Feelworld makes some pretty decent monitors for the money. I have the Feelworld FH7 and the new super-bright Feelworld FW279 –
we’ll have a full review on the FW279 coming soon (review here). But HDMI socket placement always seems to be an issue with many monitors. On the FH7, the HDMI ports are underneath pointing straight down, but they’re very close to the mounting thread, making it a very tight fit for HDMI cables.
The FW279 shifts them over to the side, which makes connectivity much easier, but brings another challenge. Namely, gravity. The lateral strain on the socket caused by the weight of the cable can potentially weaken the socket over time. This simple modification by Johannes Gauder solves that issue with just a few cheap components.
The list of items required to perform the surgery is quite small and inexpensive.
- HDMI ribbon cable (20cm)
- 2x M4 screws (6mm long)
- 0.8mm aluminium sheet
- Epoxy glue
- 20mm heat shrink tube (2:1)
The only really difficult part of the process is cutting the piece of aluminium to the right size and shape. And then, of course, you need to drill the appropriate holes. But if you have a 3D printer, you can quickly design up a part in something like Fusion 360 and just print it. Printing it will take longer, but it should do the job just as well if you use something durable like PETG or ABS.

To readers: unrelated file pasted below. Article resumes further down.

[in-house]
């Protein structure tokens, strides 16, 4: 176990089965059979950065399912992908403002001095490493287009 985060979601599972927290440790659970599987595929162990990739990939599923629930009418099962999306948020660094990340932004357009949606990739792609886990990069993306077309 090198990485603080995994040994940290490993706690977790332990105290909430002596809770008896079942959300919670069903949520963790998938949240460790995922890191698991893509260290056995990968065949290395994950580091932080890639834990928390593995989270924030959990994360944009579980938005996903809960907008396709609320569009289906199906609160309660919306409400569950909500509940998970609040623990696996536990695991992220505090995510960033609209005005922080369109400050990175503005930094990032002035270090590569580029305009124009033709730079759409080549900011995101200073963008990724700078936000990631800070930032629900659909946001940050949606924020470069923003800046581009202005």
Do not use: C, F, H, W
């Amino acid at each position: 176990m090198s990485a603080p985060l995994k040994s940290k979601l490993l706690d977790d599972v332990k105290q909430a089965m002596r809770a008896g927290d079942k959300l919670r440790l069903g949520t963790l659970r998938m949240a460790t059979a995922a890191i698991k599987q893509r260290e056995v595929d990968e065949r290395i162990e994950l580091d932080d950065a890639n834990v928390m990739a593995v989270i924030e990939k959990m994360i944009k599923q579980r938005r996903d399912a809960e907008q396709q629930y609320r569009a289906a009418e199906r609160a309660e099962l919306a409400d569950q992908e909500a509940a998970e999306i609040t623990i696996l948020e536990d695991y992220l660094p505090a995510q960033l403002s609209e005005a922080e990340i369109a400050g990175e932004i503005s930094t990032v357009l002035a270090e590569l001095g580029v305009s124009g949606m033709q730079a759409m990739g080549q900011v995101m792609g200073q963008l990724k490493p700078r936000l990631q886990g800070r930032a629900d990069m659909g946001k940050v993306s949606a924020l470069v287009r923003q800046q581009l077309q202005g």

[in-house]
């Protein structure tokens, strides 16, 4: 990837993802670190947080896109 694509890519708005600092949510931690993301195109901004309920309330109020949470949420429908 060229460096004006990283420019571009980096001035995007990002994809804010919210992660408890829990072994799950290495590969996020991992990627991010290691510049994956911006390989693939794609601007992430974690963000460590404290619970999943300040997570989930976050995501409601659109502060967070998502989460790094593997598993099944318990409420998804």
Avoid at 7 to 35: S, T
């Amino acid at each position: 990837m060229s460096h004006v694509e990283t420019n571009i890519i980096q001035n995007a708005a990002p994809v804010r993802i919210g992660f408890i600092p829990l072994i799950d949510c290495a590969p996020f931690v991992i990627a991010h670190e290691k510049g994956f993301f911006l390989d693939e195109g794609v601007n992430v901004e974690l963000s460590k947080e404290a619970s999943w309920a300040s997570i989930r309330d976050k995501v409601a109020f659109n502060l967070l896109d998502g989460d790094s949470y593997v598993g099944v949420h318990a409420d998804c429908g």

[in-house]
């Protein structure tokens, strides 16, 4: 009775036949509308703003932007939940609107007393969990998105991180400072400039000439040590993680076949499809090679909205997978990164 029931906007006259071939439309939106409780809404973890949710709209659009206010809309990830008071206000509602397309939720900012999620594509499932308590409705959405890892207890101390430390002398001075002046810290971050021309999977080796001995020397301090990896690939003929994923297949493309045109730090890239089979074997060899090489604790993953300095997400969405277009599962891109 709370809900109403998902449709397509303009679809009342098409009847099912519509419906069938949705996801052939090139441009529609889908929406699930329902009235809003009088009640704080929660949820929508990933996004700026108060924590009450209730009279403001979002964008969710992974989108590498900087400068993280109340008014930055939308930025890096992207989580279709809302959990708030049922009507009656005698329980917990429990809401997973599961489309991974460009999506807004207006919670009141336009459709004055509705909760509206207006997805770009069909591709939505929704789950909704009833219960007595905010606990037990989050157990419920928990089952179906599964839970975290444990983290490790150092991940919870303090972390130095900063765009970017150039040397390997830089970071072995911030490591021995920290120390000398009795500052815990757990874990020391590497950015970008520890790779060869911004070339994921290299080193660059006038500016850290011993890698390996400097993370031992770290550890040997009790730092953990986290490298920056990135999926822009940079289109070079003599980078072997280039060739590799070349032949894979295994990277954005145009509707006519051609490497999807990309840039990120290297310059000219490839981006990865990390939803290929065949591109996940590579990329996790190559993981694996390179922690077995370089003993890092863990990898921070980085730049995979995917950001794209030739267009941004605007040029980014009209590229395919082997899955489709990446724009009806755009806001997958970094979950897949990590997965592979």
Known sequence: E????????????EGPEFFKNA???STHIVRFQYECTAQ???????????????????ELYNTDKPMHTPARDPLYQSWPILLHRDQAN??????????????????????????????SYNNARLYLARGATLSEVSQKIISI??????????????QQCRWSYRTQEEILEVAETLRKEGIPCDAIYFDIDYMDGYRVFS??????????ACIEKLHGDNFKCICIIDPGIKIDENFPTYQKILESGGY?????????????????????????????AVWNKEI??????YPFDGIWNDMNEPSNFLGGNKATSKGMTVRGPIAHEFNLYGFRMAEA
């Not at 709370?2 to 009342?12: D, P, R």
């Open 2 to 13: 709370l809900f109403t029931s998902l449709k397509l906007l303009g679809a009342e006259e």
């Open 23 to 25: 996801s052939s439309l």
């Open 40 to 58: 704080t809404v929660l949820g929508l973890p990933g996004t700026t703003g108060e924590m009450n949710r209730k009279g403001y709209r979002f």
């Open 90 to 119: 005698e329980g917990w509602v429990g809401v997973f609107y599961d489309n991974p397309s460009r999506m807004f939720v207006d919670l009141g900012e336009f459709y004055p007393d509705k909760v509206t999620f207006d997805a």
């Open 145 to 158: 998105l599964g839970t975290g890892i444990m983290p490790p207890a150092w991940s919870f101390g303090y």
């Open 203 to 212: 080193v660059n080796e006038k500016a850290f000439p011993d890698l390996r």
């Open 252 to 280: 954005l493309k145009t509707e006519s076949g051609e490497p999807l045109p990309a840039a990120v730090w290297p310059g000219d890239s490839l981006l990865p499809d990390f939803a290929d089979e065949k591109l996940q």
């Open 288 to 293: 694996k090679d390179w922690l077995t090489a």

The process basically involves using the HDMI ribbon cable to extend the HDMI socket from the side to the back of the unit, via the aluminium plate mounted to the VESA screws next to the battery mounting plate. This then gives you the downward-pointing HDMI socket, but it’s nowhere near the mounting thread, as it is with the FH7.
The socket end of the HDMI ribbon cable is epoxied to the aluminium plate, and then heatshrink is used to neaten it up and cover any sharp edges on the aluminium. The two M4 screws are then used to mount it to the back of the monitor. The cable then winds its way around the monitor and plugs into the HDMI input on the side.
It’s a quick and simple modification that doesn’t void your warranty and can be done for $20 or less if you shop around or already have the epoxy, M4 screws and heat shrink laying around and decide to 3D print the plate rather than cut it from an aluminium sheet.
While the Feelworld FW279 is shown in the video, you should be able to do this with just about any monitor. As long as it has the standard VESA mounting holes on the back, the measurements for the plate should be the same, too.